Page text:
I Am Sam? Poor Sean Penn Sam just wanted to win an Oscar raise his daughter with no reliable assistance even though he was ill equipped. Then that evil social worker shows up. And let’s face it, all social workers know that child removals simply don’t count unless they are done at said child’s birthday party. It just wouldn’t be as fun, otherwise. Thank goodness for lawyers! They show us the way back to our humanity.

Cartoons aren’t even exempt. Lilo & Stitch? OK, so Cobra Bubbles is a badass name for a social worker, but he is also rigid and judgmental. Apparently he comes around at the end, but he’s not really a shining example.

There are a lot fewer positive examples of social workers in the media. There are almost none that do anything other than remove children from their homes. My personal favorite was Detective Lacey Tyne Daly on Judging Amy. A flawed character on a flawed series, but she portrayed a social worker who loved children and consistently went above and beyond for them. It was always comforting for me to be able to see that, to remind myself of why I was working to become a social worker.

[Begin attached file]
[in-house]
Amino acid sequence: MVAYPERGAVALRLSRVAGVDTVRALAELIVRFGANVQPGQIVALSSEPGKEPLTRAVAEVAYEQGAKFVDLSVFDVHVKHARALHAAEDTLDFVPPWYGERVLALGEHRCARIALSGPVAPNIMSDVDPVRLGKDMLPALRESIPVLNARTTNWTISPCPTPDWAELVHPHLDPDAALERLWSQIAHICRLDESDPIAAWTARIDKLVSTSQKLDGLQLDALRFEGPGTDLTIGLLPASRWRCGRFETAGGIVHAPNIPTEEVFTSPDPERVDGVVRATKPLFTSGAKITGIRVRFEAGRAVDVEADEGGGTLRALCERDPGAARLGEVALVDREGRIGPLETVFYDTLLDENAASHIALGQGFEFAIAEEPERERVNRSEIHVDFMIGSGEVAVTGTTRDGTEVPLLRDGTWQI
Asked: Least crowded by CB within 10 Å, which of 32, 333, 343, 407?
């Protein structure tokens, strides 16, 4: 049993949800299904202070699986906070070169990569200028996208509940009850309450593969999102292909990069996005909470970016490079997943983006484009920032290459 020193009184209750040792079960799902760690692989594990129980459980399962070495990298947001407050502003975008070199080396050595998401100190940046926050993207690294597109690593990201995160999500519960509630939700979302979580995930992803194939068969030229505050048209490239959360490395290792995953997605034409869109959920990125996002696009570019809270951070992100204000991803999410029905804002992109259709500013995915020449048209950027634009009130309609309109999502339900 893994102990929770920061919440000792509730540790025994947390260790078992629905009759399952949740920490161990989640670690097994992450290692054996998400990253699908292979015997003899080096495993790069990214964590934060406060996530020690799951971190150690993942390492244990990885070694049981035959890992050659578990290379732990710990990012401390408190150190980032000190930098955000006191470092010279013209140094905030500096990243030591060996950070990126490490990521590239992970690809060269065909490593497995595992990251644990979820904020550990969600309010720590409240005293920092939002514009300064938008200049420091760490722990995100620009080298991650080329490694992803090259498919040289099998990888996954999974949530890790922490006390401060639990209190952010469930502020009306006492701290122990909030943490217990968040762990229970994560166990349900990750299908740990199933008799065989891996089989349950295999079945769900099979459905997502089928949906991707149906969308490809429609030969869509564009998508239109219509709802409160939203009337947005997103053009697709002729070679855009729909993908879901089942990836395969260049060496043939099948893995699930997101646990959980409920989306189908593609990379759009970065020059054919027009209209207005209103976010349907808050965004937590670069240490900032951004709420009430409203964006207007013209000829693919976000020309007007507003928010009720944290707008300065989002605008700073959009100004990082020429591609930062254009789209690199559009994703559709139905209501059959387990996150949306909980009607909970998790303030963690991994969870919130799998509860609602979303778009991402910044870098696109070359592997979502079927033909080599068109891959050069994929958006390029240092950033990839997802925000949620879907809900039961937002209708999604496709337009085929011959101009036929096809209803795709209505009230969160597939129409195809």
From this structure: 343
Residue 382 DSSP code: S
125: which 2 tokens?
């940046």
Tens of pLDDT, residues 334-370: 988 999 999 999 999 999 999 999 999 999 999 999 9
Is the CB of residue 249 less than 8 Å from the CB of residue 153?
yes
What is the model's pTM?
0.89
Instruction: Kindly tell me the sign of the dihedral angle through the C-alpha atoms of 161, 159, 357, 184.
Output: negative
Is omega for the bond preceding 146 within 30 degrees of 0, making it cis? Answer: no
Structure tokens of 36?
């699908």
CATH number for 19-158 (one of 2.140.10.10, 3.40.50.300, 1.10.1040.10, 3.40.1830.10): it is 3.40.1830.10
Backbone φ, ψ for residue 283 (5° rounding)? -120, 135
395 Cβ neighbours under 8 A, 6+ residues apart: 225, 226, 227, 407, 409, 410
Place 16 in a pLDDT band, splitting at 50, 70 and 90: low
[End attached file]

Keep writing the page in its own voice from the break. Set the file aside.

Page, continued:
There aren’t many places I get that now. I was intrigued to see Maryann on season two of True Blood described as a social worker, and honestly, she’s my current favorite. Sure, she’s manipulative, dishonest, supernatural, and she caused a nice small town to erupt into spontaneous orgies.

But who hasn’t?